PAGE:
Myth and Philosophy from the Presocratics to Plato

Myth and Philosophy from the Presocratics to Plato

Myth and Philosophy from the Presocratics to Plato

Myth and Philosophy from the Presocratics to Plato

Synopsis

This book explores the complex relationship between myth and philosophy in writings by Greek intellectuals between the late-sixth and mid-fourth centuries BC. Although philosophy may seem far removed from mythological stories, closer examination reveals that Plato and others realized that philosophic accounts too were "stories" about reality. Kathryn Morgan shows how these philosophers used myth to express philosophic problems. Her book traces a tradition of strictly rational and philosophical myth through two centuries.

Excerpt

In the previous chapter we saw how viewing the mythological tradition as a text allowed the sophists to create ironising mythological epideixeis. These epideixeis demonstrated the manipulation of linguistic and social convention through the creation and undermining of rhetorical and ethical paradigms. I suggested that mythological role-playing enabled the sophists to enter into a close relationship with these paradigms. Hippias can play Nestor, Antisthenes can impersonate both Ajax and Odysseus. Epideixeis that concentrate on paradigms for correct ethical behaviour assimilate themselves to, and manipulate, the traditional and societally non-threatening genre of 'advice to young men'. There was, however, an omission: Protagoras' myth of the origins of civilisation as transmitted in Plato's Protagoras. Because of the complexity of the issues involved, the Protagoras has been reserved for separate treatment. Interpretative problems abound. Are we to believe that the speech Plato puts into Protagoras' mouth represents a Protagorean or a Platonic, myth? If Protagorean, how is it affected by being embedded in a Platonic context?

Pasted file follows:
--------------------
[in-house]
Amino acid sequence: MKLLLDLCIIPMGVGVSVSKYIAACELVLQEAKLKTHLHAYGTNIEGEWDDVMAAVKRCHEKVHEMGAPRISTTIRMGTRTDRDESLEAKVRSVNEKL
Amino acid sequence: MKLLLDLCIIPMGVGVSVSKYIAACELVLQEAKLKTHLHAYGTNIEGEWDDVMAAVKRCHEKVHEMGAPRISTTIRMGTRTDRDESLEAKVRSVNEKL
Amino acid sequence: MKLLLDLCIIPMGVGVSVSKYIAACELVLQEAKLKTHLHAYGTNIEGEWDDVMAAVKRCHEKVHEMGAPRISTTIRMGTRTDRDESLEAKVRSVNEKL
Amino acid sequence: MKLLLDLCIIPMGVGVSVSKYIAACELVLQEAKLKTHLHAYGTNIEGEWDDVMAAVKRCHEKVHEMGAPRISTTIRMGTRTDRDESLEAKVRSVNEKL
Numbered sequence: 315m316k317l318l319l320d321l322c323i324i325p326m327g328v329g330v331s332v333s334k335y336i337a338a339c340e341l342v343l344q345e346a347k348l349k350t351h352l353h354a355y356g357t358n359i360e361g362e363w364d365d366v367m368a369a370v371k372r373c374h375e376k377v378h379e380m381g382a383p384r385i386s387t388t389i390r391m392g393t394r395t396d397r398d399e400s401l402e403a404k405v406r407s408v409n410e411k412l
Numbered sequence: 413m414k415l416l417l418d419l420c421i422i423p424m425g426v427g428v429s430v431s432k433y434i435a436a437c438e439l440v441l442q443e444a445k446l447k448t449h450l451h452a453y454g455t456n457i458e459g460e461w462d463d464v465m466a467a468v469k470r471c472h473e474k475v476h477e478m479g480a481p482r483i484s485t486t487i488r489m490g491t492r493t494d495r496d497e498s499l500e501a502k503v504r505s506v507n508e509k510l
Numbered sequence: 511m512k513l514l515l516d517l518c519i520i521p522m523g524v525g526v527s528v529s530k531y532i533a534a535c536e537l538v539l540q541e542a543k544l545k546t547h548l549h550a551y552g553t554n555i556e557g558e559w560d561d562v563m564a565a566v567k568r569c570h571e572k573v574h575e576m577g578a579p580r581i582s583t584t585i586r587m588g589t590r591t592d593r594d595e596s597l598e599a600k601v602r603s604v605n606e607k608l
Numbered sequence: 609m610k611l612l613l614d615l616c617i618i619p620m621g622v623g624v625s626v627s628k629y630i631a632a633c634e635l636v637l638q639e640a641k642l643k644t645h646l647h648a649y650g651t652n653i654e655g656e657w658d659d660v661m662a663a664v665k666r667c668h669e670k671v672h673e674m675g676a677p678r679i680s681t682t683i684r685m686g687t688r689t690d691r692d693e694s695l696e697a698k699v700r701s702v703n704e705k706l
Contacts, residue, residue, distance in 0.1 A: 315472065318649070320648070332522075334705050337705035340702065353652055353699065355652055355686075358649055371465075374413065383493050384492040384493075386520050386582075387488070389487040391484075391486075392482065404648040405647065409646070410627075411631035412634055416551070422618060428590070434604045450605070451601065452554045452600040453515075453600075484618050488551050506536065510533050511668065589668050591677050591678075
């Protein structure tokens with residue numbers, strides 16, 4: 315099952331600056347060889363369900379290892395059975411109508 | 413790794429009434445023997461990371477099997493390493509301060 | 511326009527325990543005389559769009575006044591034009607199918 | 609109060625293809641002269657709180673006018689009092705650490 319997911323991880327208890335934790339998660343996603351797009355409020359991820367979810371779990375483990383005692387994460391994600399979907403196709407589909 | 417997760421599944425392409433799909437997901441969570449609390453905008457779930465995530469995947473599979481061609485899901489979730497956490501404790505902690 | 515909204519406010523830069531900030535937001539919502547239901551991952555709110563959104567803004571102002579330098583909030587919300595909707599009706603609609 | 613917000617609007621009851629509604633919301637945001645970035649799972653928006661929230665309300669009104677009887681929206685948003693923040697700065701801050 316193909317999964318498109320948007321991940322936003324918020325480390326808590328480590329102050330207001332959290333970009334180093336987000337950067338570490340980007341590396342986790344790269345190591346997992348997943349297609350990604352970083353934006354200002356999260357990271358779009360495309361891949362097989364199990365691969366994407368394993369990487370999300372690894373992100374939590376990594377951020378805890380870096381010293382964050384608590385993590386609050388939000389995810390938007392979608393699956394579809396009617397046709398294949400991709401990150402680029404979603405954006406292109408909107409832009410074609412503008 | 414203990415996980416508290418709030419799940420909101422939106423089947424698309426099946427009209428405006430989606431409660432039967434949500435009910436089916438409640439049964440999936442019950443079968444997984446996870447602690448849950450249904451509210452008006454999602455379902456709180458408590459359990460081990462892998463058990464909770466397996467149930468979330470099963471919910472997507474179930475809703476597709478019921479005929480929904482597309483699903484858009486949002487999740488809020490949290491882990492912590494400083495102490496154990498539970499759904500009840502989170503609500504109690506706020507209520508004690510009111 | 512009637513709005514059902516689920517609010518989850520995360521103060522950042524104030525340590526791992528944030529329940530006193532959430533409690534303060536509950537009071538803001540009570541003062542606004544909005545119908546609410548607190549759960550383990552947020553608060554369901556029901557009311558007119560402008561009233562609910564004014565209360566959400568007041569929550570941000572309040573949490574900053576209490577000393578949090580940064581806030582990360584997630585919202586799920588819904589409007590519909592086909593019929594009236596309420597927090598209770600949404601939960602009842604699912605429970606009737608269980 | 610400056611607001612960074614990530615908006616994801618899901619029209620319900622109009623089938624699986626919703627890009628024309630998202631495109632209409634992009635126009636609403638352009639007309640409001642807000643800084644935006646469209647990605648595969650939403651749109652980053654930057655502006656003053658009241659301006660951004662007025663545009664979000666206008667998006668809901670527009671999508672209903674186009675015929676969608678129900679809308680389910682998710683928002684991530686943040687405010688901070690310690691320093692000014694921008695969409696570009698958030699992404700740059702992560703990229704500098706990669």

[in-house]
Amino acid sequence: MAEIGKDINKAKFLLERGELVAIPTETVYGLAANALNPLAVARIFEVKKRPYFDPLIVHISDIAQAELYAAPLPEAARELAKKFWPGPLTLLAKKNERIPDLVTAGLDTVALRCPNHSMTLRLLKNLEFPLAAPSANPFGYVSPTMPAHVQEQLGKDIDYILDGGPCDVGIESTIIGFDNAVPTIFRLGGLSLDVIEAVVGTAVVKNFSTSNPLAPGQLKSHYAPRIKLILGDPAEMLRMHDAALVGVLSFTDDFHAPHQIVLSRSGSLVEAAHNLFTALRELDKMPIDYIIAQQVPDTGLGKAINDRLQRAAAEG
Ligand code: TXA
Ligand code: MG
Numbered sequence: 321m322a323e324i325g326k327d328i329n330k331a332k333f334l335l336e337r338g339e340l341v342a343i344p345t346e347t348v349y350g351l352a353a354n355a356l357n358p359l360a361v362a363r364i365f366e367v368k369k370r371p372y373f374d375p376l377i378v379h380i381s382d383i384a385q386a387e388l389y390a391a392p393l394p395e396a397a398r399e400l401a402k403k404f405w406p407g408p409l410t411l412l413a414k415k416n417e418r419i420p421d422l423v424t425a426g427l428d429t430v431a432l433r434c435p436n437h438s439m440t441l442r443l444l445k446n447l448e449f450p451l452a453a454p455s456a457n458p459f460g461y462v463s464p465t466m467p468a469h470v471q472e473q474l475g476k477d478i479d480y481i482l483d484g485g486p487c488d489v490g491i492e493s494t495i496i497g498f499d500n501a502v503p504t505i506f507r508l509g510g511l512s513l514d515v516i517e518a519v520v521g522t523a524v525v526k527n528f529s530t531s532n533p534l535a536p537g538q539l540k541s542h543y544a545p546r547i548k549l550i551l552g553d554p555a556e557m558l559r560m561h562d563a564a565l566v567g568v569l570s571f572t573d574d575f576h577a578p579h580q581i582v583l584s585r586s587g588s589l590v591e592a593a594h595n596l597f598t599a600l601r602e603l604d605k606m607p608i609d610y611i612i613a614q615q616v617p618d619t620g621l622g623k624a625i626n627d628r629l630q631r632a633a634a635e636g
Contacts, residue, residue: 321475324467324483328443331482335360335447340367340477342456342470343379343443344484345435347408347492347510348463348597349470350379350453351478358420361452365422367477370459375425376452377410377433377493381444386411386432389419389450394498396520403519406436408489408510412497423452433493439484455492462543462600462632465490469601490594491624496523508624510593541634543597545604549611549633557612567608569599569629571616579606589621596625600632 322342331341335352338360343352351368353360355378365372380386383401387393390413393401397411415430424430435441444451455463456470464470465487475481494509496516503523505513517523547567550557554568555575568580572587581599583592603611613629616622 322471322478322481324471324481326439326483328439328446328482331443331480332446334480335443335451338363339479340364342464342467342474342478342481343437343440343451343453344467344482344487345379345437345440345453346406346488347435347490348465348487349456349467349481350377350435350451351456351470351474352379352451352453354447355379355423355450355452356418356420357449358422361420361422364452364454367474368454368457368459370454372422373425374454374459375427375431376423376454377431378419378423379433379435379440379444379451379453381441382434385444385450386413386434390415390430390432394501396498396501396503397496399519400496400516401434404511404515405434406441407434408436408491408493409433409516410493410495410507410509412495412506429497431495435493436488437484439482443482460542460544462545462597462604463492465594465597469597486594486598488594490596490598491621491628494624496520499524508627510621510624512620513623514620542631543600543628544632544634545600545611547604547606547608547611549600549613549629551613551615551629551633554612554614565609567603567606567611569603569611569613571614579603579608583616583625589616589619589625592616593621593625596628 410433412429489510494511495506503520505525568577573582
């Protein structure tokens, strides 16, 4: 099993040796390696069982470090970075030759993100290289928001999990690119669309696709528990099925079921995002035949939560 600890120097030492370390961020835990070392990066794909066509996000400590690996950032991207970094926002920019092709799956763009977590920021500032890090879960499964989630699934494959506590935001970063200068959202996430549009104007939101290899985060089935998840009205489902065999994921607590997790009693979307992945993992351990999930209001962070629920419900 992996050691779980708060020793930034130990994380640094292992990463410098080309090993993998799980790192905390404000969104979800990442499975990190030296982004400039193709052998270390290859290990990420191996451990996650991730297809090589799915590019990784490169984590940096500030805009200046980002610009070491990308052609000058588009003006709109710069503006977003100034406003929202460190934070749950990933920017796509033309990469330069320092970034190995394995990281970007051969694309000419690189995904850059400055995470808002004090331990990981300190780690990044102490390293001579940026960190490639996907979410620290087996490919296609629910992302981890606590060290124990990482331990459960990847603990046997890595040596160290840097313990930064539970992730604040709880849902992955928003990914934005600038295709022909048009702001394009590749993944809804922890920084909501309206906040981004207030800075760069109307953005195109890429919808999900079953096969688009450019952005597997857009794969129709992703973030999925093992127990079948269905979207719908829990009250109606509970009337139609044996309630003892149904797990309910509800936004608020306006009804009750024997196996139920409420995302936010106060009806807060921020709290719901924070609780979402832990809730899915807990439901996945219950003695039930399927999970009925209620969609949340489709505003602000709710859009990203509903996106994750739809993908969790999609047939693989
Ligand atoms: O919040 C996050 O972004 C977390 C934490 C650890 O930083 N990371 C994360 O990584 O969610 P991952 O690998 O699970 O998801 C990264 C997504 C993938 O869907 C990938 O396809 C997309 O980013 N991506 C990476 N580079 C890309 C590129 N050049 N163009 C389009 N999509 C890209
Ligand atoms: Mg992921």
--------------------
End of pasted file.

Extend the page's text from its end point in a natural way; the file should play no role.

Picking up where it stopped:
In the following pages I shall argue that the myth of the Protagoras is substantially Protagorean and accurately represents a sophistic use of myth with close ties to other sophistic epideictic practice. This demonstration will have two ($$) parts, both indicative of the role of social and mythological convention. the first concerns the use of myth to disguise the unexamined nature of conventional belief in the prerequisites for a just society. Protagoras' introduction to his myth suggests that mythos and logos are easily distinguishable – and interchangeable – styles of presentation. Careful analysis shows that the myth is a crucial underpinning for his arguments, couched as mythological narrative to disguise its lack of rigour. Plato demonstrates the impasse reached when . . .

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